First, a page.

State of Elections

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Tag: Arizona

Arizona’s Intrastate Battle To Regulate Dark Money Spending

By: Will Cooke

The regulation of political activity in Arizona took a contentious turn over the summer of 2015. What began as a disputed fine levied against an independent group known as the Legacy Foundation Action Fund after the 2014 gubernatorial election, now pits two prominent regulatory agencies against each other in a battle over the regulation of independent expenditures and the groups who run them. The ad in question focused its criticism on the U.S. Conference of Mayors and its president, Scott Smith. Though the ad ran in multiple states across the country, its message proved especially relevant for Arizonans who were considering Scott Smith, then the mayor of Mesa, AZ, as a candidate for governor in the Republican Primary. Shortly after the election, the Citizens Clean Elections Commission determined the ad constituted an “independent expenditure” advocating for the defeat of Scott Smith and imposed a $95k fine on the Foundation for failing to disclose their spending as a campaign expense.

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A Shift in Federal Power? Supreme Court to hear Arizona’s Citizenship Requirements for Voter Registration

by James Adam

Arizona law requires individuals to present documents proving U.S. citizenship in order to register to vote. Acceptable proof includes a photocopied birth certificate, photocopied pages of a passport, U.S. naturalization papers or Alien Registration Number, an Indian Census number, Bureau of Indian Affairs card number, Tribal Treaty Card/Enrollment Number, or a photocopy of one’s Tribal Certificate of Indian Blood or Tribal/Bureau of Indian Affairs Affidavit of Birth.  Any change of residence between Arizona counties requires subsequent proof of U.S. citizenship.

In April, the United States Court of Appeals for the Ninth Circuit in San Francisco struck down this Arizona law.  The court declared that federal voting laws requiring only that the applicant sign their name to verify US citizenship supersedes local election law.  In June, the Supreme Court overturned a stay of the decision, and Arizona was unable to require proof of citizenship for registration in the November 2012 election cycle.  However, the state can still urge voters to fill out Arizona registration ballots requiring this proof, but they may not bar an individual from simply registering by merely swearing their citizenship under the federal form.  Also at the time of this decision, the Ninth Circuit upheld Arizona’s photo identification requirement.  The Supreme Court will hear the citizenship arguments early next year. Continue reading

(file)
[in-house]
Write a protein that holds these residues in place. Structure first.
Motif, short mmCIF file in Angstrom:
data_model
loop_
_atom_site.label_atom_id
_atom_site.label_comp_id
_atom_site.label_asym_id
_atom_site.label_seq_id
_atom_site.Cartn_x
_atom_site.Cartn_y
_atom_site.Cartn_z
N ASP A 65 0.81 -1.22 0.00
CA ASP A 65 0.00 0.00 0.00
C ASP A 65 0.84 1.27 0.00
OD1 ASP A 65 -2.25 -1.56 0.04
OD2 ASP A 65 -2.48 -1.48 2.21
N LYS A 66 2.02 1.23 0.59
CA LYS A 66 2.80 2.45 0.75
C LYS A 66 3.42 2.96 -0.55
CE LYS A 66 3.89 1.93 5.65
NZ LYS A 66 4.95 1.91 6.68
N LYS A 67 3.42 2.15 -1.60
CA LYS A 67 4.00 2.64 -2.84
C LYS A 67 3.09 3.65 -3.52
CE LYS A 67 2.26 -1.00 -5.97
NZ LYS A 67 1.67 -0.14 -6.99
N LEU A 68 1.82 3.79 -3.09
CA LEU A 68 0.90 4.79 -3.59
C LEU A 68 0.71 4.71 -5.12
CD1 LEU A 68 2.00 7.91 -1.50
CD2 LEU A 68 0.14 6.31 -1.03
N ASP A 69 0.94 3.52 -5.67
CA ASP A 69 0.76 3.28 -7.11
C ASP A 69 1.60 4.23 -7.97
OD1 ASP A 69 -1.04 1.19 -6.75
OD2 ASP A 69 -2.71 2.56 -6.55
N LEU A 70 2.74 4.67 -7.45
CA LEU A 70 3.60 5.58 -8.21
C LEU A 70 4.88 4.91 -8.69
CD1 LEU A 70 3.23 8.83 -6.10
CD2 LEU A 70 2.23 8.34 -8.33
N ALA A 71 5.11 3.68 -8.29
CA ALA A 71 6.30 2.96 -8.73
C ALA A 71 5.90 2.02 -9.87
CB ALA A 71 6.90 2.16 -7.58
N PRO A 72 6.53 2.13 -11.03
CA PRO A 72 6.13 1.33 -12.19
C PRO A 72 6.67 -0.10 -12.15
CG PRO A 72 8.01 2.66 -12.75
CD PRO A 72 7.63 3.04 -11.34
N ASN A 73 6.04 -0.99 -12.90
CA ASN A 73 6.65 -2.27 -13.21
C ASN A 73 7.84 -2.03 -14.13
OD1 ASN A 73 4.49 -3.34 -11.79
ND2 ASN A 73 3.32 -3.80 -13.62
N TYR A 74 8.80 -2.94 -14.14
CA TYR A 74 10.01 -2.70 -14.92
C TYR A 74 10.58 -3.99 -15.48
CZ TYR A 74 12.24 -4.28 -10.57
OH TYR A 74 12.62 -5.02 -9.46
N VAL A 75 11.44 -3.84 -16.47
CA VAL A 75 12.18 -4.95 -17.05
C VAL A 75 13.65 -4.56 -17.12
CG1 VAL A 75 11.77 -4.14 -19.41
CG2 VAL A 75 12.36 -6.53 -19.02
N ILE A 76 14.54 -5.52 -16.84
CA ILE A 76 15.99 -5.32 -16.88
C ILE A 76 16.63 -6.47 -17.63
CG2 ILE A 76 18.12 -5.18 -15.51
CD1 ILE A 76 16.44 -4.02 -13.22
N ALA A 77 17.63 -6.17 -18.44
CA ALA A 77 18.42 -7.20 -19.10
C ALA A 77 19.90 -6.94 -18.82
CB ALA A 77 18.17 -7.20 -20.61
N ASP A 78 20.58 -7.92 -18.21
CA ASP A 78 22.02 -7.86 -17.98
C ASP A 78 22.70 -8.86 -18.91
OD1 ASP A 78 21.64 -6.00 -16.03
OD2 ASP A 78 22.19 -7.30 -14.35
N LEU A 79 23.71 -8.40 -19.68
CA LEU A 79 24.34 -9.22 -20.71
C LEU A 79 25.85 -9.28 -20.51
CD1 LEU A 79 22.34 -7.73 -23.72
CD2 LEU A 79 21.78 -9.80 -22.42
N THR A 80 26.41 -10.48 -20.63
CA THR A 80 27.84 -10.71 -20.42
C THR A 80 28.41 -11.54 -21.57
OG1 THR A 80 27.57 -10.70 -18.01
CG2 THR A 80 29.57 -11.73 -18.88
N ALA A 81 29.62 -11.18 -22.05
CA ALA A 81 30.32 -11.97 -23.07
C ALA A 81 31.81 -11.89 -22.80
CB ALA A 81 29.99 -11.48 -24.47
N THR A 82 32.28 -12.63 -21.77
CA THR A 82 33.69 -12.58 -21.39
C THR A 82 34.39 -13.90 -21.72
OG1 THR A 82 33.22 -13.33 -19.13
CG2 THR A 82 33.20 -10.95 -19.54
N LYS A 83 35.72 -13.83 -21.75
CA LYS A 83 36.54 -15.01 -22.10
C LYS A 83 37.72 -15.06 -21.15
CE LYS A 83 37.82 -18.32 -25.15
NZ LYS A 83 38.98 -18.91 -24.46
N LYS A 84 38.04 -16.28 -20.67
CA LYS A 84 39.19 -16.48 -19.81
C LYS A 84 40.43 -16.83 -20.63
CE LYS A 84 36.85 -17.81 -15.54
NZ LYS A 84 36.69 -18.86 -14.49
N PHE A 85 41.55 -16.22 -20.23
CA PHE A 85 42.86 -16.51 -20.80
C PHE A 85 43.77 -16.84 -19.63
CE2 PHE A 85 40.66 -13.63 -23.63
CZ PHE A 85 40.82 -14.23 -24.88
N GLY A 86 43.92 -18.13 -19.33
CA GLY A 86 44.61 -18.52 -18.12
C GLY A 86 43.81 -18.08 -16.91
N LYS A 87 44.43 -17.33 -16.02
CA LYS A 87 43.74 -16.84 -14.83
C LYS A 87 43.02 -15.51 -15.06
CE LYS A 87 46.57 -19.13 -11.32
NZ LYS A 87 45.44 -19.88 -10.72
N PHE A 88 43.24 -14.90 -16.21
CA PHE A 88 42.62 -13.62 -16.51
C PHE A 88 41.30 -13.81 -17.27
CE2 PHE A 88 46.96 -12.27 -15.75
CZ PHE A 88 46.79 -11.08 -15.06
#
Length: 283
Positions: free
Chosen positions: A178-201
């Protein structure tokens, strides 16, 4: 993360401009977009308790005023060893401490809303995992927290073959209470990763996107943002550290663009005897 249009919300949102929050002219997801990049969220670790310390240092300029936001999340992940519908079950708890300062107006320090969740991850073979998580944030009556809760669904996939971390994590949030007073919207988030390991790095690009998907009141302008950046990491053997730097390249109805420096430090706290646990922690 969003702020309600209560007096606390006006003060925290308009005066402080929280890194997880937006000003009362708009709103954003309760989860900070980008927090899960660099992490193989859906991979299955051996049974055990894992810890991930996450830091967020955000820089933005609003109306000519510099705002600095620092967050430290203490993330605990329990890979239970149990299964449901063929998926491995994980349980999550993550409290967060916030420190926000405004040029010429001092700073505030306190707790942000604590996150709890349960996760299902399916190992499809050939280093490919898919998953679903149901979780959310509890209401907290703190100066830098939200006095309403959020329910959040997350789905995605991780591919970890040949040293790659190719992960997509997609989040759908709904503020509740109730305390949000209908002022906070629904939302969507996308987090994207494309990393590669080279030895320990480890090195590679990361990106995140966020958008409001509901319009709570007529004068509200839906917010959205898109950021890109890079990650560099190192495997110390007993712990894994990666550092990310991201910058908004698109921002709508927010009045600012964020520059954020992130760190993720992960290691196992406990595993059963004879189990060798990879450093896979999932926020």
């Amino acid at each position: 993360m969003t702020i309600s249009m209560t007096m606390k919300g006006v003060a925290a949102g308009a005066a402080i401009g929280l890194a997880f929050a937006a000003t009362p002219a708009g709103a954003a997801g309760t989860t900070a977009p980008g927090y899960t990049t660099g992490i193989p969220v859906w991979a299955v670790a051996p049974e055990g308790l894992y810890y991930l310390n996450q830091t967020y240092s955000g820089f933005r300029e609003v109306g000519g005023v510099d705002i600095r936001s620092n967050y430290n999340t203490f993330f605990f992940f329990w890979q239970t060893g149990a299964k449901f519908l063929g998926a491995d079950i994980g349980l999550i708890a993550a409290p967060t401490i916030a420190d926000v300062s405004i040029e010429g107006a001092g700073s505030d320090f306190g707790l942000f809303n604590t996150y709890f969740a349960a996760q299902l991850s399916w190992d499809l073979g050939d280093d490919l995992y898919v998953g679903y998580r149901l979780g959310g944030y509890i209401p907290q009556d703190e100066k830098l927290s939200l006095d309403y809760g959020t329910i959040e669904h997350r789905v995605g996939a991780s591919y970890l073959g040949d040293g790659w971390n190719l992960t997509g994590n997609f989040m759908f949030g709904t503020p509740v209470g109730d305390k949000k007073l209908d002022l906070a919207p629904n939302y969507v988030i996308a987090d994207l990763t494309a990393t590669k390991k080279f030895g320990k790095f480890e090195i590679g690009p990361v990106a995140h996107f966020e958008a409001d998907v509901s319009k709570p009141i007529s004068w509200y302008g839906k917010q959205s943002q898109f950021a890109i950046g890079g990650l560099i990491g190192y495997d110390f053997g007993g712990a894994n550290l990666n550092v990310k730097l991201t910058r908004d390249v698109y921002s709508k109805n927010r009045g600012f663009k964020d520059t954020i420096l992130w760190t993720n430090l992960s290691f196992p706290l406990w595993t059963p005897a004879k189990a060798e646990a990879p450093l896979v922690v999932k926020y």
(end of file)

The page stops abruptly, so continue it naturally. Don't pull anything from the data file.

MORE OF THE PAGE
Is a “Top 2” Primary in Arizona on the Horizon?

by James Adam

Come November, voters in Arizona will have the opportunity to drastically alter their election law. If passed, Proposition 121, the “Open Elections/Open Government Act,” will constitutionally eliminate politically affiliated primary elections. The new scheme will allow primary voters to vote for any candidate they wish, regardless of party registration. Although not a requirement, this new law will give voters the option of writing on the ballot their party affiliation when they cast their vote.  Currently Arizona has closed primaries, and voters are allowed to vote solely within their own registered party. If Proposition 121 passes, a primary between all the candidates will occur, and voters will be entitled to vote for whichever candidate they prefer. The two candidates acquiring the most votes will subsequently be placed on the general election ballot. Therefore, it is possible for a scenario where two Republicans gain the most votes in the primary, so both of their names appear on the final general election ballot.  There would thus be no Democratic or third party options. Current examples of states using the top-two primary format include Washington and California. Continue reading

AZ (preclearance): Arizona challenges the Voting Rights Act; why not just bailout?

by Kevin Elliker

On August 25, 2011, Arizona Attorney General Tom Horne filed suit on behalf of the state of Arizona against the Department of Justice alleging the unconstitutionality of the Voting Rights Act. Horne specifically challenged the preclearance requirements of Section 5 of the act. Attorney General Eric Holder vowed to defend the Voting Rights Act, declaring that it plays “a vital role” in ensuring fairness for American democracy.

A brief primer on Section 5 of the Voting Rights Act:

In 1965, Congress passed the VRA in order to better enforce the 15th Amendment. Jurisdictions with histories of pronounced racial discrimination in voting practices were singled out by Section 5 and required to receive preclearance from the Attorney General or a three-judge panel of the District Court of the District of Columbia for any changes to their voting laws. The 1965 iteration of the preclearance formula forced mostly southern states into this category, but also specific jurisdictions within Arizona. In 1970, Arizona was once more included as partially covered by preclearance requirements. It was not until 1975, when the formula for preclearance was changed to include states that provided election materials in only English despite having at least five percent of voting age citizens from “a single language minority” that Arizona became an entirely covered jurisdiction. The 1975 iteration relied on 1972 election data, which meant that Arizona’s 1974 implementation of bilingual voter materials did not preclude them from preclearance requirements. The 1982 and 2006 renewals of VRA followed the 1975 formula. Continue reading

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